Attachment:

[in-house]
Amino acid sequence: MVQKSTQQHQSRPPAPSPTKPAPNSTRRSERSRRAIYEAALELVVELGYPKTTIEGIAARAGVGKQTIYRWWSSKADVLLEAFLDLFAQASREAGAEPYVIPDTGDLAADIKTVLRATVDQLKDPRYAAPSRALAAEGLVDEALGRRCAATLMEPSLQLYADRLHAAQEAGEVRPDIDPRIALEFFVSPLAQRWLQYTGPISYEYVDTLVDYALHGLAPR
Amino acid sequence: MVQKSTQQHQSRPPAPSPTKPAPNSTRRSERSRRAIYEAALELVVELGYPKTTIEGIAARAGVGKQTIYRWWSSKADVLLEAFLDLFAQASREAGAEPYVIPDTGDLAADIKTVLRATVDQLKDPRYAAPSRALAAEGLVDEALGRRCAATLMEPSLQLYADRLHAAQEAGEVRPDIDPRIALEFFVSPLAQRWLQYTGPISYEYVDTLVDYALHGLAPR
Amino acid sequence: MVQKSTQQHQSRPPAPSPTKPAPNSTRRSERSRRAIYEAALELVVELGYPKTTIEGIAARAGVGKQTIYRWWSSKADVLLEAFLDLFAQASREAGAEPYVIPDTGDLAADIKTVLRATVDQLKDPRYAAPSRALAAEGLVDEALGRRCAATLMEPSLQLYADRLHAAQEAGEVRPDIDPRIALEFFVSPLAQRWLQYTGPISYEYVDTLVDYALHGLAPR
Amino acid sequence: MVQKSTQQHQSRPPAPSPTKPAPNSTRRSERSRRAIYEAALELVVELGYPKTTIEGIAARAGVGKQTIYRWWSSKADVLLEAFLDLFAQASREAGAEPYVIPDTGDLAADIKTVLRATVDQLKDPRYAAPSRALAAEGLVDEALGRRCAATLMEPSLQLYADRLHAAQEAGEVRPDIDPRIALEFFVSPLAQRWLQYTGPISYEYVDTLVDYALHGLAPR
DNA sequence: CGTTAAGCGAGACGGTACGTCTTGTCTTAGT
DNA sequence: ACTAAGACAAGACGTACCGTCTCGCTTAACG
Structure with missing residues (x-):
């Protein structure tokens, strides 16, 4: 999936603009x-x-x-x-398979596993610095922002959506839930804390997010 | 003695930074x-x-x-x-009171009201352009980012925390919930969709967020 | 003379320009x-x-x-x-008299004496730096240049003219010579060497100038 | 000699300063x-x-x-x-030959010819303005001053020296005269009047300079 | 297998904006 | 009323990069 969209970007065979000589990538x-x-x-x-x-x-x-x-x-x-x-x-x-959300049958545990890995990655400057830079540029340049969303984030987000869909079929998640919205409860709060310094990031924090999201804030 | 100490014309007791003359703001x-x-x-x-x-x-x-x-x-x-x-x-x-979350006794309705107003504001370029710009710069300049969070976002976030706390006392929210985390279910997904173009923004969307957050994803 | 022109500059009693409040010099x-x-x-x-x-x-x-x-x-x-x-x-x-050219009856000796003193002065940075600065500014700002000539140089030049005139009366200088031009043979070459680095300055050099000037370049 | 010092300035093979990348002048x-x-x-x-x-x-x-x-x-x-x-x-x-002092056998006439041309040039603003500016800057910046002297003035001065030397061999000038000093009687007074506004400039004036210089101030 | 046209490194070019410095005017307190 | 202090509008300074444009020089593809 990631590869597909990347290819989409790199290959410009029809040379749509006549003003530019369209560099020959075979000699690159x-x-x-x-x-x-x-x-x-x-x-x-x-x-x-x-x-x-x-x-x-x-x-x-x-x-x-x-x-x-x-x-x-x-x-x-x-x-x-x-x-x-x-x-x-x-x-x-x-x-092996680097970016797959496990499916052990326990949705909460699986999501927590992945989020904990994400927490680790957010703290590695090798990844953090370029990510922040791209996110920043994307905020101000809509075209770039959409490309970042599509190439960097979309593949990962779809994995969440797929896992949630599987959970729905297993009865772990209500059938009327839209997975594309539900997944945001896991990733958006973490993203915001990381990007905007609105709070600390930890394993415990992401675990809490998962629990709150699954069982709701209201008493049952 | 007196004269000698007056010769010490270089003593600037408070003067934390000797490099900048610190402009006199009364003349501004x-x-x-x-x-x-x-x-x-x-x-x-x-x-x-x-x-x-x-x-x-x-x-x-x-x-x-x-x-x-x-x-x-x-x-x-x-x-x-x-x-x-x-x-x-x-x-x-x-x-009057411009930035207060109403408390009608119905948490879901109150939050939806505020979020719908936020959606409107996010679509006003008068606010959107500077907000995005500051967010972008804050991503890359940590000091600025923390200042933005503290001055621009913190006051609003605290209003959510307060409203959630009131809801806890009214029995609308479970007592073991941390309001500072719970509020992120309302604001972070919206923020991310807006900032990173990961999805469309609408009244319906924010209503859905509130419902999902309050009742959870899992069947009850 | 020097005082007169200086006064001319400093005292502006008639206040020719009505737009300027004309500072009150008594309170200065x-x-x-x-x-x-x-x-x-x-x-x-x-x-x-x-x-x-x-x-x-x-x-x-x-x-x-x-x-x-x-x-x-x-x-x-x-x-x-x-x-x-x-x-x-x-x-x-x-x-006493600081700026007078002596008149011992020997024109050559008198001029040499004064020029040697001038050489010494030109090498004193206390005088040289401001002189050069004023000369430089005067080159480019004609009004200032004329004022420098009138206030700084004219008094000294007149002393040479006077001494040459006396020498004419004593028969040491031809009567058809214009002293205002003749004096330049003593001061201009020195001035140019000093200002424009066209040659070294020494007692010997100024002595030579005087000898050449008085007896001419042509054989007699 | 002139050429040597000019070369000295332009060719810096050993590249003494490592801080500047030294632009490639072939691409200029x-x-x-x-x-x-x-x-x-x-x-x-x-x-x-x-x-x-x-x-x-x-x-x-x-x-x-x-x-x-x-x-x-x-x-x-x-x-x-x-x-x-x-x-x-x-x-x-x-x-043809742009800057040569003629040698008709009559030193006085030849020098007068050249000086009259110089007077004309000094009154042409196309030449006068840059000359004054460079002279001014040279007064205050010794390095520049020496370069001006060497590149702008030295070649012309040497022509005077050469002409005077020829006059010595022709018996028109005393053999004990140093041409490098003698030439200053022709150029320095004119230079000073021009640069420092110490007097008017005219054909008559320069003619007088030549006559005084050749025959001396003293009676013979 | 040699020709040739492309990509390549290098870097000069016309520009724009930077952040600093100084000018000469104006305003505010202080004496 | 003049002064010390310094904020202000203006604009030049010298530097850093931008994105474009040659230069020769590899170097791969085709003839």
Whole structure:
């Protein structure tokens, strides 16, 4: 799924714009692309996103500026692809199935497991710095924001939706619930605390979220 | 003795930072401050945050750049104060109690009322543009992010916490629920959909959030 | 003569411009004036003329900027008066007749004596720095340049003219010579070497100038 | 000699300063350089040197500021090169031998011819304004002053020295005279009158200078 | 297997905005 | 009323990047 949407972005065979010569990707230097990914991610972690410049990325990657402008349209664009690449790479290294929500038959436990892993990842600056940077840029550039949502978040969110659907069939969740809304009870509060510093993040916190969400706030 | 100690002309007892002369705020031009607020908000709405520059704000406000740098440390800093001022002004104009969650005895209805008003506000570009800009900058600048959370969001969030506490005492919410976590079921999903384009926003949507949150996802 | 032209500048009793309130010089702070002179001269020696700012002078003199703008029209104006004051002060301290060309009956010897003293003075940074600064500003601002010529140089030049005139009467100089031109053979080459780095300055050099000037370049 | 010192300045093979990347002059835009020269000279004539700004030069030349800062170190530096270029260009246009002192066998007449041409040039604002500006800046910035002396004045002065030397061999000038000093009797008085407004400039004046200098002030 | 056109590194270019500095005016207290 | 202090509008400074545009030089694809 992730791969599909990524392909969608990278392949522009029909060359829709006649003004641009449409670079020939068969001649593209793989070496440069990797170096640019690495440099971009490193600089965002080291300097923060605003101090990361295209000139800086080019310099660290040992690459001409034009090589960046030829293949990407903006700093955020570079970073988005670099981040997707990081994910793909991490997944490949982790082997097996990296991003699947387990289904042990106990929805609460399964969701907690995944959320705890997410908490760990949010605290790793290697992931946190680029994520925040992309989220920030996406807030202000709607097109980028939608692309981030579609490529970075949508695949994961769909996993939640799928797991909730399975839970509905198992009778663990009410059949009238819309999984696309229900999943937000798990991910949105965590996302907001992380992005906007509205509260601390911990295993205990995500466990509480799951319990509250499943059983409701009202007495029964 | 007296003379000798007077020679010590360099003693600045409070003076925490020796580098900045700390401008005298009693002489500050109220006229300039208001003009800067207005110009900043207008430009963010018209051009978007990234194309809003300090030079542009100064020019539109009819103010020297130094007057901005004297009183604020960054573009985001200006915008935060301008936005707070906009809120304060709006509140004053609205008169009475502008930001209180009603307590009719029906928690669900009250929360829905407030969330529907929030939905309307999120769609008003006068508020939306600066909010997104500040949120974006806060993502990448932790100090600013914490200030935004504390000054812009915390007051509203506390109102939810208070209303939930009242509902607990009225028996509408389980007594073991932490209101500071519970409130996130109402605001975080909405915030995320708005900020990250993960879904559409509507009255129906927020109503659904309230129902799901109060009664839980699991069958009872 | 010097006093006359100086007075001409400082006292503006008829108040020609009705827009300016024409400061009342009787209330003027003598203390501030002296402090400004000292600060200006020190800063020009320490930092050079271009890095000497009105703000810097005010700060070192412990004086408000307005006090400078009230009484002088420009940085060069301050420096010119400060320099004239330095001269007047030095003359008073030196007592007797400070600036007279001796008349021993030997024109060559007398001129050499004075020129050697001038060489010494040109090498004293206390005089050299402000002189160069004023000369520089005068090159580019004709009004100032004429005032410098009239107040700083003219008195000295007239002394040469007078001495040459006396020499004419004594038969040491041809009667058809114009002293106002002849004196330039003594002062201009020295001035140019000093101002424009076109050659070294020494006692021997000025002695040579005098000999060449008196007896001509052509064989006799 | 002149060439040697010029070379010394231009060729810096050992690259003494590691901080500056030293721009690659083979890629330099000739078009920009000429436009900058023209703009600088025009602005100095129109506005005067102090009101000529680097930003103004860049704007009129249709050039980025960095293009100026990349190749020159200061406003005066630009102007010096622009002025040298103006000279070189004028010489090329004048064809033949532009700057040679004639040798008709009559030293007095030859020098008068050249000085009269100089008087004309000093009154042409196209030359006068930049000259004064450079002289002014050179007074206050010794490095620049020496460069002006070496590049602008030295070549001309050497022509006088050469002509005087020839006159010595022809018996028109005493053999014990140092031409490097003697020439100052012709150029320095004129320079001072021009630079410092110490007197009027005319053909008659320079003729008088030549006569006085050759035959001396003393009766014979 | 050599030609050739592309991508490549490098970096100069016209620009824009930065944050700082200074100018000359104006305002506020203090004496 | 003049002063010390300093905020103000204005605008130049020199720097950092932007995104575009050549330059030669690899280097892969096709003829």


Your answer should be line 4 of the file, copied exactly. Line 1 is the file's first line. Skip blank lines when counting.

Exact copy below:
Amino acid sequence: MVQKSTQQHQSRPPAPSPTKPAPNSTRRSERSRRAIYEAALELVVELGYPKTTIEGIAARAGVGKQTIYRWWSSKADVLLEAFLDLFAQASREAGAEPYVIPDTGDLAADIKTVLRATVDQLKDPRYAAPSRALAAEGLVDEALGRRCAATLMEPSLQLYADRLHAAQEAGEVRPDIDPRIALEFFVSPLAQRWLQYTGPISYEYVDTLVDYALHGLAPR